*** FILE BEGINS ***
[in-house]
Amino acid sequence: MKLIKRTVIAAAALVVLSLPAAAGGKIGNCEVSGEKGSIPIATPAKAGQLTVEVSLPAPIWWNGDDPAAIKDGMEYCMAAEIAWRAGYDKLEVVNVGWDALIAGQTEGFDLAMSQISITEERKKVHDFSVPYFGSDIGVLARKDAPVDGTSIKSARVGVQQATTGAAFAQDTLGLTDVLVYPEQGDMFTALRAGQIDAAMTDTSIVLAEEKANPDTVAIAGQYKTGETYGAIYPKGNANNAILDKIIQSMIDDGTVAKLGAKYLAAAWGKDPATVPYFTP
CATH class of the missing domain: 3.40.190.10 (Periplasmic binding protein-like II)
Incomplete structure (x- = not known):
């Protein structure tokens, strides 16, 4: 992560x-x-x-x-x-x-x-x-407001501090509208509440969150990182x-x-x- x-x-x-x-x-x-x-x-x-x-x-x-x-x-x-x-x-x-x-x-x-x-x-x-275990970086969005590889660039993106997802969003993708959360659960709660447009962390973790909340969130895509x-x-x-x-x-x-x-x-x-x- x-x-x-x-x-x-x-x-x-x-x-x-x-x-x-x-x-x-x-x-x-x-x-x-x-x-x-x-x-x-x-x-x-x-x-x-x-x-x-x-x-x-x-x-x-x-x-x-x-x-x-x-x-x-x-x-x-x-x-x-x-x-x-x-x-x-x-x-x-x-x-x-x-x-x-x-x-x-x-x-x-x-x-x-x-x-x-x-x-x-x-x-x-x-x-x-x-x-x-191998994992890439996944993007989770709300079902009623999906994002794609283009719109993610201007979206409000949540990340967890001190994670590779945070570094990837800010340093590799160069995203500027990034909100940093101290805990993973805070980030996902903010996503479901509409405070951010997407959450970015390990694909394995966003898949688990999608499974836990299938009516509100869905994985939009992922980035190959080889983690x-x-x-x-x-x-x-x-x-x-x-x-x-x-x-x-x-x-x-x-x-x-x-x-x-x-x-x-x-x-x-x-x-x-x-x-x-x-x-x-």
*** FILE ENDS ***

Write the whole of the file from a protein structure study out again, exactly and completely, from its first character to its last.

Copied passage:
[in-house]
Amino acid sequence: MKLIKRTVIAAAALVVLSLPAAAGGKIGNCEVSGEKGSIPIATPAKAGQLTVEVSLPAPIWWNGDDPAAIKDGMEYCMAAEIAWRAGYDKLEVVNVGWDALIAGQTEGFDLAMSQISITEERKKVHDFSVPYFGSDIGVLARKDAPVDGTSIKSARVGVQQATTGAAFAQDTLGLTDVLVYPEQGDMFTALRAGQIDAAMTDTSIVLAEEKANPDTVAIAGQYKTGETYGAIYPKGNANNAILDKIIQSMIDDGTVAKLGAKYLAAAWGKDPATVPYFTP
CATH class of the missing domain: 3.40.190.10 (Periplasmic binding protein-like II)
Incomplete structure (x- = not known):
């Protein structure tokens, strides 16, 4: 992560x-x-x-x-x-x-x-x-407001501090509208509440969150990182x-x-x- x-x-x-x-x-x-x-x-x-x-x-x-x-x-x-x-x-x-x-x-x-x-x-x-275990970086969005590889660039993106997802969003993708959360659960709660447009962390973790909340969130895509x-x-x-x-x-x-x-x-x-x- x-x-x-x-x-x-x-x-x-x-x-x-x-x-x-x-x-x-x-x-x-x-x-x-x-x-x-x-x-x-x-x-x-x-x-x-x-x-x-x-x-x-x-x-x-x-x-x-x-x-x-x-x-x-x-x-x-x-x-x-x-x-x-x-x-x-x-x-x-x-x-x-x-x-x-x-x-x-x-x-x-x-x-x-x-x-x-x-x-x-x-x-x-x-x-x-x-x-x-191998994992890439996944993007989770709300079902009623999906994002794609283009719109993610201007979206409000949540990340967890001190994670590779945070570094990837800010340093590799160069995203500027990034909100940093101290805990993973805070980030996902903010996503479901509409405070951010997407959450970015390990694909394995966003898949688990999608499974836990299938009516509100869905994985939009992922980035190959080889983690x-x-x-x-x-x-x-x-x-x-x-x-x-x-x-x-x-x-x-x-x-x-x-x-x-x-x-x-x-x-x-x-x-x-x-x-x-x-x-x-």